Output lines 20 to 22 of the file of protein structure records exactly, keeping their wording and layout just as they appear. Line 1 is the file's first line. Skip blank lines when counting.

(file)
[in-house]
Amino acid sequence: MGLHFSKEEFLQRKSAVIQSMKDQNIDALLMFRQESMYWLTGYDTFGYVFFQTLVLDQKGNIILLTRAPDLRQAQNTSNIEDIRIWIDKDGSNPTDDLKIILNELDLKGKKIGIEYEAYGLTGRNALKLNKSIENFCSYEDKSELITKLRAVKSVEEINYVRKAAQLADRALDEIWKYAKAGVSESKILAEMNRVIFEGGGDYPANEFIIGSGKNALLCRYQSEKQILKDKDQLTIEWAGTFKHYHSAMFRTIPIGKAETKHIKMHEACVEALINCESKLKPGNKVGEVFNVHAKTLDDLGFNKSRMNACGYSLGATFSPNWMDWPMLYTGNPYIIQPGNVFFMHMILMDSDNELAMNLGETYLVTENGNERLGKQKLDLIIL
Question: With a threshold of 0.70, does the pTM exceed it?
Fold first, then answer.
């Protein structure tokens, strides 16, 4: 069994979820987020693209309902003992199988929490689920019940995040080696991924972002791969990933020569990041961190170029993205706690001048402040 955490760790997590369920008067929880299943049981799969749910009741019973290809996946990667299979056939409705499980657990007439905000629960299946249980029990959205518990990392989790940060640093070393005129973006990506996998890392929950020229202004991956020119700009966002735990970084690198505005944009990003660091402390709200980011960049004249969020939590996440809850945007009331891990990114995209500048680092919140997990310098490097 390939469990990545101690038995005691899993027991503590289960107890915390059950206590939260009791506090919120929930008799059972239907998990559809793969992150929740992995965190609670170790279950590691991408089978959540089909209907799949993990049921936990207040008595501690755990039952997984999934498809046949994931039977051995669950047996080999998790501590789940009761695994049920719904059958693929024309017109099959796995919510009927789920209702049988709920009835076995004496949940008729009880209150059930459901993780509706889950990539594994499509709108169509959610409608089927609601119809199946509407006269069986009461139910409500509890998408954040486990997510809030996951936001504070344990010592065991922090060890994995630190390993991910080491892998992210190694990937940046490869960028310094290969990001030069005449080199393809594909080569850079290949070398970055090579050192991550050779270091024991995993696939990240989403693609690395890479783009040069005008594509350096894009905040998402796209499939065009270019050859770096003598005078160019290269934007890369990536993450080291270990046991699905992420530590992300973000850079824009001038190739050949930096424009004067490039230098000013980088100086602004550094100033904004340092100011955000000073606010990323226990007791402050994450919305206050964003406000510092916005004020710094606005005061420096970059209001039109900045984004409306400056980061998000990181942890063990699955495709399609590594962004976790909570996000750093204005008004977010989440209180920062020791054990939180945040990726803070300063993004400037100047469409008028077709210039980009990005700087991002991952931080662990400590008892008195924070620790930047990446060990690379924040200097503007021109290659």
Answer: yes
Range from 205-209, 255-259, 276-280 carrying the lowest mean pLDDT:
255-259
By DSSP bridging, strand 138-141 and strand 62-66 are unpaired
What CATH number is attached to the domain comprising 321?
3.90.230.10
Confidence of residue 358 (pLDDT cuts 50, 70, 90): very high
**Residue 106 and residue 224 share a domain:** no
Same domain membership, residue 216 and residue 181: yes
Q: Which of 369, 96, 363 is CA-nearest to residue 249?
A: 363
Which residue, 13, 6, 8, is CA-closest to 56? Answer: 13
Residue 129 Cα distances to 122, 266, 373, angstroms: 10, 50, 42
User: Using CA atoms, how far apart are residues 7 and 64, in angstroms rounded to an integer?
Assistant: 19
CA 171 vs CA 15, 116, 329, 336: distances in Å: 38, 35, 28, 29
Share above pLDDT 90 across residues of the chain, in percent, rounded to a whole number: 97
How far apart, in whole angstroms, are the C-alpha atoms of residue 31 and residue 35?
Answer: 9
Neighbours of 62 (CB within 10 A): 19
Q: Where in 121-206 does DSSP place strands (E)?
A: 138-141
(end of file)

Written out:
Assistant: 19
CA 171 vs CA 15, 116, 329, 336: distances in Å: 38, 35, 28, 29
Share above pLDDT 90 across residues of the chain, in percent, rounded to a whole number: 97